Each inspection is expected to result in preparation of a report to the Board addressing matters such as:

  • the adequacy of the firm's quality control policies and procedures for the public company audit practice;
  • comments on compliance with the system of quality control for the public company audit practice and with the requirements of the CPAB; and
  • deficiencies relating to the application of generally accepted auditing standards, including compliance with independence standards.

Summary and Discussion of the Proposed Instrument

The Proposed Instrument has five parts.

Part 1

Part 1 contains definitions of terms and phrases used in the Proposed Instrument that are not defined or interpreted under a national definitions instrument in force in a Participating Jurisdiction. National Instrument 14-101 Definitions defines commonly used terms and phrases and should be read together with the Proposed Instrument.

Part 1 also stipulates that the sections of the Proposed Instrument that impose requirements directly on auditors do not apply in Alberta and Manitoba. We have carved these jurisdictions out of these sections because they do not have rule-making authority to prescribe requirements respecting qualifications of auditors.

Part 2

Part 2 of the Proposed Instrument will require, in effect, every public accounting firm that audits an issuer that is a reporting issuer in any of the Participating Jurisdictions to participate in the CPAB Oversight Program.

a. Requirement to participate in the CPAB Oversight Program

Section 2.1 imposes a requirement, other than in Alberta and Manitoba, on any public accounting firm that chooses to audit financial statements of a reporting issuer to enter into a participation agreement with the CPAB. It should be emphasized that this requirement is being imposed directly on the auditor of a reporting issuer.

In addition to the requirement imposed on auditors, section 2.3 imposes a requirement on all reporting issuers in the Participating Jurisdictions to file auditor's reports issued by auditors that are participating in the CPAB Oversight Program.

The timing as to when a public accounting firm must enter into a participation agreement will be determined and announced by the Board of Directors of the CPAB. In accordance with its By-laws the CPAB may, until December 31, 2005, restrict the number of public accounting firms that are eligible to participate in the CPAB Oversight Program.

The necessity to participate in the CPAB Oversight Program, either by virtue of section 2.1 or section 2.3, only applies to an accounting firm that issues an auditor's report with respect to the financial statements of a reporting issuer. It does not apply to an accounting firm that participates or assists in the preparation or issuance of an auditor's report. This contrasts with the requirement under the SOX Act that any public accounting firm that participates in the preparation or issuance of an auditor's report to any issuer must register with the PCAOB. We have limited the scope of the Proposed Instrument to audit firms that issue the auditor's reports because we believe there will be relatively few situations in which a public accounting firm participates in the preparation or issuance of an auditor's report with respect to a reporting issuer and is not otherwise required to register with the CPAB. In addition, we note that Canadian generally accepted auditing standards require an auditor that is engaged to express an opinion on financial statements containing financial information audited by another auditor to carry out sufficient procedures to support the opinion given. Unlike in the U.S., the primary auditor assumes sole responsibility for the opinion expressed and may not refer to the work of another auditor except to explain the reason for a reservation of opinion.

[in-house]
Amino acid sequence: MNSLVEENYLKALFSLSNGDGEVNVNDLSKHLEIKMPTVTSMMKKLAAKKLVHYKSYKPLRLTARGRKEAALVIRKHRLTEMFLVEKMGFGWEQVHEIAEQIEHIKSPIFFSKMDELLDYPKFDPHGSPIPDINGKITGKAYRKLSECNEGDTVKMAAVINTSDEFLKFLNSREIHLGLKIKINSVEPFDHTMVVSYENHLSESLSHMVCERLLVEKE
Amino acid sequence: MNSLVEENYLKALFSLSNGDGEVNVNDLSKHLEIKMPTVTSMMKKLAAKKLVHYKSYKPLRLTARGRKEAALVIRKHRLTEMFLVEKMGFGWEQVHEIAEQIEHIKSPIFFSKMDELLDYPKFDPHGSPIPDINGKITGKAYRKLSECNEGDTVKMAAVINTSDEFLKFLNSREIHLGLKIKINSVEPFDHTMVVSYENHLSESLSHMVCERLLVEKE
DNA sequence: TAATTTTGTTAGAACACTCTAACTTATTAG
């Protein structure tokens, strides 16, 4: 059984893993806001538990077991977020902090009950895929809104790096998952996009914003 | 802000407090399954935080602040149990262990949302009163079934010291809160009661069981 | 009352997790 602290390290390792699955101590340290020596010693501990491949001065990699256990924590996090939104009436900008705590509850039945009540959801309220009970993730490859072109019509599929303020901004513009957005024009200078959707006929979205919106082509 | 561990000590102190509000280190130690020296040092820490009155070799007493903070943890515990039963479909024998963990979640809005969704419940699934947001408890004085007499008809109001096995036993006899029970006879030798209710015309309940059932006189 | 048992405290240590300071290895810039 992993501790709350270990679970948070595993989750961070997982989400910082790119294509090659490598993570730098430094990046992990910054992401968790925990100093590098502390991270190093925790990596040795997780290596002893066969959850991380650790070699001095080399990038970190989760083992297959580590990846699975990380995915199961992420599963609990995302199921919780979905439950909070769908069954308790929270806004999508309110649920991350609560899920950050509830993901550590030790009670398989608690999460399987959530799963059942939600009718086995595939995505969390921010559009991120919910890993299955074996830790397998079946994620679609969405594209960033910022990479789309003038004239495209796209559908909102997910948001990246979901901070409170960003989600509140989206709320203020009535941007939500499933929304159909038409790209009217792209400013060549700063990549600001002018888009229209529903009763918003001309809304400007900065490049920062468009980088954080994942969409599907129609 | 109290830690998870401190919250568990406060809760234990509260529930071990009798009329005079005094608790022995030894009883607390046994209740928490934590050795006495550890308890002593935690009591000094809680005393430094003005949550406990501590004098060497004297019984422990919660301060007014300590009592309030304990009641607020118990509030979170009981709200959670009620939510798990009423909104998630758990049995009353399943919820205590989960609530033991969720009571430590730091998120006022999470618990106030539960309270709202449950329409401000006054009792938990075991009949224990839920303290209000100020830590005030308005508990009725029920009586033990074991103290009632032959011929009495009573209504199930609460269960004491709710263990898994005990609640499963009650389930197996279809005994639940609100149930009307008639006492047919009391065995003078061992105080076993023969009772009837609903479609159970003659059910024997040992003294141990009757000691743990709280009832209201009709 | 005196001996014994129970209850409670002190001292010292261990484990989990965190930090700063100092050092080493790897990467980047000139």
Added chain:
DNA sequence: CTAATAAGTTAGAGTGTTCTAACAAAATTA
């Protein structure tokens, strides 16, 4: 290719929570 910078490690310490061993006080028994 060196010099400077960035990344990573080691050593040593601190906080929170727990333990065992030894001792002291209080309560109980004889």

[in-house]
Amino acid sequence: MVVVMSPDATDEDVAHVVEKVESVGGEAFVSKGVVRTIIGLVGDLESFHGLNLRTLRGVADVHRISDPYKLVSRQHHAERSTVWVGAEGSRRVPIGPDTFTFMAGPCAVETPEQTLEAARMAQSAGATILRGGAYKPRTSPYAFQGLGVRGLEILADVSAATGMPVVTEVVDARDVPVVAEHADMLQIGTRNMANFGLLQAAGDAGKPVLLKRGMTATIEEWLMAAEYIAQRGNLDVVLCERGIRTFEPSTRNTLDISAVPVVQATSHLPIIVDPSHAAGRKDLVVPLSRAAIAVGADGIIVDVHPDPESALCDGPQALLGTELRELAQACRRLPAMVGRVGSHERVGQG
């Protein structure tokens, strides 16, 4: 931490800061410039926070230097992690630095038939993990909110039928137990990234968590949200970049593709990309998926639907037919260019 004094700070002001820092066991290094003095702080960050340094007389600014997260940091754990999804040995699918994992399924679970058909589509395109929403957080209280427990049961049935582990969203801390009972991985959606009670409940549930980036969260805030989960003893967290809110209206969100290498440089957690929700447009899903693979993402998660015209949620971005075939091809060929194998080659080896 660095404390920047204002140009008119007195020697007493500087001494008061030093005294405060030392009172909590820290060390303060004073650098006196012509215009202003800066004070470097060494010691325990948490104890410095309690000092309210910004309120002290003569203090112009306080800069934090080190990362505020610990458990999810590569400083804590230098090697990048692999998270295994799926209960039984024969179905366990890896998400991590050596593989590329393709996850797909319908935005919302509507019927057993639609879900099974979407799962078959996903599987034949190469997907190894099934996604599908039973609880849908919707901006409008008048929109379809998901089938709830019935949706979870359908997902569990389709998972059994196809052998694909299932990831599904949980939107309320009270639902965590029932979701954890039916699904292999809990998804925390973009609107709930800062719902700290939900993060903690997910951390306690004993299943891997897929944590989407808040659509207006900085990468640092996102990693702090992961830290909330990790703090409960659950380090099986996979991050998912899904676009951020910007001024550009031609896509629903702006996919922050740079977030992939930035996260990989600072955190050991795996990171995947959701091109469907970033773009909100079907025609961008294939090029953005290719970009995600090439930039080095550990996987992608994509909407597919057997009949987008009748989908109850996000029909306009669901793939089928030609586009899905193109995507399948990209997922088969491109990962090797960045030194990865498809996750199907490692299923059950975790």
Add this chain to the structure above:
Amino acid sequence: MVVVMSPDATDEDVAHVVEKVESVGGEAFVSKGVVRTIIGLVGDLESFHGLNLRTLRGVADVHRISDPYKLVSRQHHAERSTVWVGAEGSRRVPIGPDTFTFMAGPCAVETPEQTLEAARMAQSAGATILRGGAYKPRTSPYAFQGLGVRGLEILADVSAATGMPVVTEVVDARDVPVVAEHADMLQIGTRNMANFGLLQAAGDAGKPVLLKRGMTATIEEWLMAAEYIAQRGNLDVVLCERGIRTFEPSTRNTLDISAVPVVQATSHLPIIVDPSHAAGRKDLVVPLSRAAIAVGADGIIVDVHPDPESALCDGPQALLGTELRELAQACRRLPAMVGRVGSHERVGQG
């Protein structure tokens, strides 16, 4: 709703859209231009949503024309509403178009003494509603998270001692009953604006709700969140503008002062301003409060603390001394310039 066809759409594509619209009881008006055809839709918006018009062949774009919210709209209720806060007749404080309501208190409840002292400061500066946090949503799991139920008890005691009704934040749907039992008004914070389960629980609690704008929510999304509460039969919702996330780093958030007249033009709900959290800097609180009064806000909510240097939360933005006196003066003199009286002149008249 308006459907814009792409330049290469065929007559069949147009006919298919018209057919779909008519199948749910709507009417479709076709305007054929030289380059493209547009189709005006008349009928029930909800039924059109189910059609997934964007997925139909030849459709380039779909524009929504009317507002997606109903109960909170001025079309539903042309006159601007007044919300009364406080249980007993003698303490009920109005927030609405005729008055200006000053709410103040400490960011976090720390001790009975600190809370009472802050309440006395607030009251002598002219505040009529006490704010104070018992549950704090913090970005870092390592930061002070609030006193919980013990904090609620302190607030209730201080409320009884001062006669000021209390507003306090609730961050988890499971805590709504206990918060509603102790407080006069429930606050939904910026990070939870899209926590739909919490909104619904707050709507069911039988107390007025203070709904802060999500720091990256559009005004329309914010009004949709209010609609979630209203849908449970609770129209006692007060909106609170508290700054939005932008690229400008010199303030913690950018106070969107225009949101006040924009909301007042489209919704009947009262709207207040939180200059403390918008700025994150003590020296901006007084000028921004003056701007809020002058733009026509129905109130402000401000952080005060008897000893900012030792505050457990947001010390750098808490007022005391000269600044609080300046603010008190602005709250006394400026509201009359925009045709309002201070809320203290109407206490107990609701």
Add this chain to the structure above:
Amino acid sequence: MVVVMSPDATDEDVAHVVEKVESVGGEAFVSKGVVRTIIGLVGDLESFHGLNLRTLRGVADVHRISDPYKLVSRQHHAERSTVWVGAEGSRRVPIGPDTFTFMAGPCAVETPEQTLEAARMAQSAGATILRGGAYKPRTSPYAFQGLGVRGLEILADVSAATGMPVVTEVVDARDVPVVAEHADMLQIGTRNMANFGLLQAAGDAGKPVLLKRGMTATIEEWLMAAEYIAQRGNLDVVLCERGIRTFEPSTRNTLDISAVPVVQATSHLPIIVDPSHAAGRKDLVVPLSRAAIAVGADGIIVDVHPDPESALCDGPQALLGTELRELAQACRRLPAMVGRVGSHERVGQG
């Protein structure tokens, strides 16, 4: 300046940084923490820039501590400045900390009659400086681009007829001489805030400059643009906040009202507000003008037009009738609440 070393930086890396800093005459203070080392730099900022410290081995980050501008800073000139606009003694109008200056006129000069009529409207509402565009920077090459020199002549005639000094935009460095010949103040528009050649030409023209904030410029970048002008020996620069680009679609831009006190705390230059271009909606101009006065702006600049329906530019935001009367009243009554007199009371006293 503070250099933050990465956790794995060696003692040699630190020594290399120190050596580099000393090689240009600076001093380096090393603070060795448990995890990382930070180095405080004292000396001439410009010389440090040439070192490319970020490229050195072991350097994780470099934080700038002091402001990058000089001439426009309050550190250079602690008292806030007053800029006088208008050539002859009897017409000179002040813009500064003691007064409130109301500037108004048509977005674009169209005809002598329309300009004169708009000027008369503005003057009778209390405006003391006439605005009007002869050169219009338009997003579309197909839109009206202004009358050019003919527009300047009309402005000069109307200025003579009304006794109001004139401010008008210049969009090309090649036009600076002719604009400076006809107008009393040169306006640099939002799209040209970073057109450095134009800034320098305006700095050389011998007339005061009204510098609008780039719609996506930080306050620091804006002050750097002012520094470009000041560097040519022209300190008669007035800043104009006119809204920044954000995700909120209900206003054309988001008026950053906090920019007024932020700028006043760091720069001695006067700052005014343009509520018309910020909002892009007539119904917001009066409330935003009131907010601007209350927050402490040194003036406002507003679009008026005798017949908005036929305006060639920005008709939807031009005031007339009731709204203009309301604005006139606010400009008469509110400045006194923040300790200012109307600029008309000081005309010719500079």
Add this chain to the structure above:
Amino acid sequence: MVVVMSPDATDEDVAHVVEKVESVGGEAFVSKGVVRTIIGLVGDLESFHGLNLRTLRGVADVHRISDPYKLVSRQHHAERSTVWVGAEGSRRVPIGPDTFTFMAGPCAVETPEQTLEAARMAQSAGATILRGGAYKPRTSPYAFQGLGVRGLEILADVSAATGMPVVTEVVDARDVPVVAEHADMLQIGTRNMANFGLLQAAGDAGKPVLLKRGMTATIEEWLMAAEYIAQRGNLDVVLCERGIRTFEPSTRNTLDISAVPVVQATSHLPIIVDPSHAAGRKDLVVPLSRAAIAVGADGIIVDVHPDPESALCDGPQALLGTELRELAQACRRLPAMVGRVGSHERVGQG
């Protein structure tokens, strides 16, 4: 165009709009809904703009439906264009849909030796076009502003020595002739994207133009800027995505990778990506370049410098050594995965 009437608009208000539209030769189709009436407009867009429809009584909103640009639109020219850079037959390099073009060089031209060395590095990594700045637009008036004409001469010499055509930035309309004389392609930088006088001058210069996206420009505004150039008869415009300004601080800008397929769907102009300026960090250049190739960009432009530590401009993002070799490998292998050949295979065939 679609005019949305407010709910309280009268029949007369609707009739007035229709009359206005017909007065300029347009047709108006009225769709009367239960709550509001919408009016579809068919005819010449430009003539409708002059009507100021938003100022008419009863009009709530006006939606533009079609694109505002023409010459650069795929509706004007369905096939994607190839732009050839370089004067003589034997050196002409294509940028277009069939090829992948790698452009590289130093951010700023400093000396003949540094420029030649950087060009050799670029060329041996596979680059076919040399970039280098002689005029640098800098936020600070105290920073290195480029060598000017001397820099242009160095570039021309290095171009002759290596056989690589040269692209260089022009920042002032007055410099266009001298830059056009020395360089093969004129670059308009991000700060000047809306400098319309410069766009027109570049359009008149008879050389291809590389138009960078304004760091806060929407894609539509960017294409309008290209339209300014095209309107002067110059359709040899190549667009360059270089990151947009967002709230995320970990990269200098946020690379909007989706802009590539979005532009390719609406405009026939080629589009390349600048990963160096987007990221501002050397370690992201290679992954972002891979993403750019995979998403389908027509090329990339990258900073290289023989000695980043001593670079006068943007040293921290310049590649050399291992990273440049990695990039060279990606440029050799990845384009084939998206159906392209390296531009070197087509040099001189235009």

We note that if proposed National Instrument 71-102 Continuous Disclosure and Other Exemptions Relating to Foreign Issuers (NI 71-102) is implemented in the Participating Jurisdictions, certain foreign issuers that are reporting issuers will not be required to comply with section 2.3. Specifically, a foreign issuer that is defined as a "SEC foreign issuer" or as a "designated foreign issuer" in NI 71-102 will be deemed to comply with section 2.3 provided it complies with the regulations in its home jurisdiction respecting audit reports and financial statements. However, section 2.1 will require the issuer's auditors to enter into a participation agreement with the CPAB. We believe it is important that public accounting firms based outside Canada that audit foreign issuers reporting in the Participating Jurisdictions be subject to oversight by the CPAB. The CPAB will maintain flexibility on how it exercises that oversight, however, and it may choose to consider entering into arrangements with independent oversight bodies in the home jurisdiction of the auditor to share information about the results of inspections of the auditor carried out by that oversight body.

Request for Comments

Do you agree that public accounting firms in foreign jurisdictions should be required to participate in the CPAB Oversight Program? If not, what other alternatives should be considered? For example, should a public accounting firm based outside Canada that is subject to oversight by a comparable body in a foreign jurisdiction, such as the PCAOB, be treated differently?